After layoffs, museum forges onBy Susan Bush
12:00AM / Thursday, December 09, 2004
BENNINGTON, Vt. — Officials of the Bennington Museum cut the museum's full-time workforce by 20 percent last week through a layoff that cost three employees their jobs.
The move eliminated an assistant museum gift shop manager, a maintenance worker and a marketing and public relations coordinator, said Executive Director Richard C. Borges during a Friday interview in which he stressed that museum activities will remain intact and no further layoffs are planned.
Borges said the move reduced the full-time staff from 15 to 12. The museum now employs a total of about 27 full- and part-time workers. About 200 people volunteer at the site as well, Borges said.
The remaining staff will tackle the responsibilities of the laid-off workers, Borges said. He said museum officials cut the three jobs out of financial necessity.
"This is not a catastrophic kind of cut, but it is one we would rather not have made," he said.
The local landmark has shown a $200,000 deficit for the past two years, and Borges said attendance has been at the lower end of the yearly average of 40,000 to 50,000 visitors. In 2003, the museum hosted about 42,000 guests.
"And this year, it looks like it will be about the same, which I take as a good sign," Borges said.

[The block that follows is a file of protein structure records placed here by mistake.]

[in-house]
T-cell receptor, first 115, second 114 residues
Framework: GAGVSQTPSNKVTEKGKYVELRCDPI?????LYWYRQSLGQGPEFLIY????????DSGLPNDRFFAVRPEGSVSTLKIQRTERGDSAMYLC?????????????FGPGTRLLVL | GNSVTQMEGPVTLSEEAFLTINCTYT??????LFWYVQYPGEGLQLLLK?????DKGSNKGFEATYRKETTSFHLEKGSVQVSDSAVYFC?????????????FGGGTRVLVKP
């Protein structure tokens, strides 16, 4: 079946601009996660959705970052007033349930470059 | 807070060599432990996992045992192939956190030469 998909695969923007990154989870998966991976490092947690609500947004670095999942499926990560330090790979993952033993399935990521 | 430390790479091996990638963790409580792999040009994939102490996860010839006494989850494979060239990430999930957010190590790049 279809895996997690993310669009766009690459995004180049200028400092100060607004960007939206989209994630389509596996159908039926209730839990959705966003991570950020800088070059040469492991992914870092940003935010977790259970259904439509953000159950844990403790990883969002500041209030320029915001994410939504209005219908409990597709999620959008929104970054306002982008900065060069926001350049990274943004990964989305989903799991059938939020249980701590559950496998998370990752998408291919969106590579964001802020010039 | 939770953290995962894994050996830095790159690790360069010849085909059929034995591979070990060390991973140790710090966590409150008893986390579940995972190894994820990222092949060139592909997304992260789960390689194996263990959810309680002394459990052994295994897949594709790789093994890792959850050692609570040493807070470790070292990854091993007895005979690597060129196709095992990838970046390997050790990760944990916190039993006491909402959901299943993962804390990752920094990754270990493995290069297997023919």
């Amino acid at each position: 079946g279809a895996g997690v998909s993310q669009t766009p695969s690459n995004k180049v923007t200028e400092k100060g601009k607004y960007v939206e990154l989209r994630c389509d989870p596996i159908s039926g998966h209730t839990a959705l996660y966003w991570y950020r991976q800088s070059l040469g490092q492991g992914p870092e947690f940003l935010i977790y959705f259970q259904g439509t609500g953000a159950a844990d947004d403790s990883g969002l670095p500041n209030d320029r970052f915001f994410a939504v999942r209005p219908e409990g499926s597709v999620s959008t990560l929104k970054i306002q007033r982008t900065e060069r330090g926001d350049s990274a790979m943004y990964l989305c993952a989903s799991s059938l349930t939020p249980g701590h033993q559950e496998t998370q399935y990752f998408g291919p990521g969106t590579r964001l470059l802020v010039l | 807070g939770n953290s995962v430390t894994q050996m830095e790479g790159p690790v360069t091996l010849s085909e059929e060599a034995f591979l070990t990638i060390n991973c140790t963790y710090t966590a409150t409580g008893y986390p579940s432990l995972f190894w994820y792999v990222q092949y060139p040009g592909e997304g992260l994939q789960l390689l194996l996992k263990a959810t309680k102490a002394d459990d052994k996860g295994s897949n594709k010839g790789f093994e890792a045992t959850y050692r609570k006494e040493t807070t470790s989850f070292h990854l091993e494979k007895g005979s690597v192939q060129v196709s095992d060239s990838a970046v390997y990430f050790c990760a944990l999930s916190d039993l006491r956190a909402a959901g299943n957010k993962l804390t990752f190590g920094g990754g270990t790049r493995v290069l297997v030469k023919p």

He emphasized that he believes tourism is on the rebound nationally, and that locally, the town seems poised for an economic upturn. But a positive future could not conquer financial woes of the recent past, he said.
Museums nationwide have faced financial stress since the Sept. 11, 2001, attacks on the World Trade Center and the U.S. Pentagon, Borges said. A tourism decline that followed the attacks contributed to revenue loss.
"It's common knowledge that across the country, cultural institutions and museums are experiencing financial challenges," Borges said. "Of the museums, 93 percent are facing financial challenges, and of those, 43 percent are facing serious difficulties. We are taking action now to avoid becoming part of that 43 percent."
Strategies go beyond job cuts, according to Borges, who was in attendance during Sunday's Festival of Trees "Sugar Plum Day" children's event at the museum.
The festival is scheduled to end today [Dec. 9] with a gala event and a silent auction, with proceeds benefiting the museum. Borges said he is always surprised by the number of local people who admit to having never visited the museum, adding that events such as the festival should appeal to local residents.
"Every square inch is covered with holiday decorations, and it's really beautiful," he said. "For our part, we are working to attract local visitors. There are a number of things that we plan to implement."
The institution's genealogical library remains a top attraction, and access is available through the Internet. The popular Grandma Moses Schoolhouse, the actual schoolroom attended by the famed artist, is destined to become a children's center, Borges said.